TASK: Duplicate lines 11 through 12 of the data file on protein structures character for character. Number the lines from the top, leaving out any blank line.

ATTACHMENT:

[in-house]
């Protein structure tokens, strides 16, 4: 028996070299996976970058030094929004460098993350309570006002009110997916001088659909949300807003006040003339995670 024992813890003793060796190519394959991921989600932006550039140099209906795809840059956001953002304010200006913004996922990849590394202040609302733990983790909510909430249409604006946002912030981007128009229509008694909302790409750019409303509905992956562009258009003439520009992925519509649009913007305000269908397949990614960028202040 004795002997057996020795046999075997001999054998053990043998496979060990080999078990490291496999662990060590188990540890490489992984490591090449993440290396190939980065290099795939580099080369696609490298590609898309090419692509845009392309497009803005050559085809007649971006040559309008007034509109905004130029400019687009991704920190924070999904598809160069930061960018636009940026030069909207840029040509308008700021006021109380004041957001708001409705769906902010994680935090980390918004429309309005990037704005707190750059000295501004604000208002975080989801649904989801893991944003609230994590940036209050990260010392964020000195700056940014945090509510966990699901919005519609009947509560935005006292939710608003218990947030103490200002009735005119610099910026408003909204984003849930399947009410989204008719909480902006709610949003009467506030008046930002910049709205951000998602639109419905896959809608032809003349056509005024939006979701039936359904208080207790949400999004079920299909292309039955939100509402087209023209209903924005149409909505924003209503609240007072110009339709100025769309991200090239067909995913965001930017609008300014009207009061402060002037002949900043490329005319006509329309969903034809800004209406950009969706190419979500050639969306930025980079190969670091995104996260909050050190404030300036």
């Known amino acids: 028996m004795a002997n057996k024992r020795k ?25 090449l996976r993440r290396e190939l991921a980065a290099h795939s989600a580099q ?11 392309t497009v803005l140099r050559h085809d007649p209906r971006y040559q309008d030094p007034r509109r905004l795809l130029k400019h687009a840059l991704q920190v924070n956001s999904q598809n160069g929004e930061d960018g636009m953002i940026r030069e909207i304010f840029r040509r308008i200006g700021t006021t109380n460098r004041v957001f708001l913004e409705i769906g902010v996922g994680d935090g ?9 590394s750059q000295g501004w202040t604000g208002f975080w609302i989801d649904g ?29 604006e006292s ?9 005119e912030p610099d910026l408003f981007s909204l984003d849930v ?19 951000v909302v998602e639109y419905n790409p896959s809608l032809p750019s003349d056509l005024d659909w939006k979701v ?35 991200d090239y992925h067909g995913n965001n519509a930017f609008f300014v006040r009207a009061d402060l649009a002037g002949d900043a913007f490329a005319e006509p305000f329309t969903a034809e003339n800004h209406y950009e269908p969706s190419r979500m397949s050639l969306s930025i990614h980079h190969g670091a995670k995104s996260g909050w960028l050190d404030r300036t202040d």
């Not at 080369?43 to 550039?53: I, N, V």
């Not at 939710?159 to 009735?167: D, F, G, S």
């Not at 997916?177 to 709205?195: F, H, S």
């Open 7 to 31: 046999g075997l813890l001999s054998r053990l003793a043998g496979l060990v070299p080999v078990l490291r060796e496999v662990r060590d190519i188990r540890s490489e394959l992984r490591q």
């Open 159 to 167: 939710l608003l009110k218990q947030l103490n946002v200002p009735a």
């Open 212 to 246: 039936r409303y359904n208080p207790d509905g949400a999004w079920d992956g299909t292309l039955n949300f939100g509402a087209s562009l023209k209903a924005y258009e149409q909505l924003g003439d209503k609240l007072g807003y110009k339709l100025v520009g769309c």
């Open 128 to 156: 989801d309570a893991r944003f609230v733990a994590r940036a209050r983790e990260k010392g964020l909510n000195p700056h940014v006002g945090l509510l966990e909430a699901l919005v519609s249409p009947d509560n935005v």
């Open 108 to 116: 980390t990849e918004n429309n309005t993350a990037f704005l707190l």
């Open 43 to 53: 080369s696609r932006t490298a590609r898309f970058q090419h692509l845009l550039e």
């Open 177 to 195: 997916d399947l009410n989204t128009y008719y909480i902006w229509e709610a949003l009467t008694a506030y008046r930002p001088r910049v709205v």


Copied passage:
């Open 108 to 116: 980390t990849e918004n429309n309005t993350a990037f704005l707190l």
């Open 43 to 53: 080369s696609r932006t490298a590609r898309f970058q090419h692509l845009l550039e």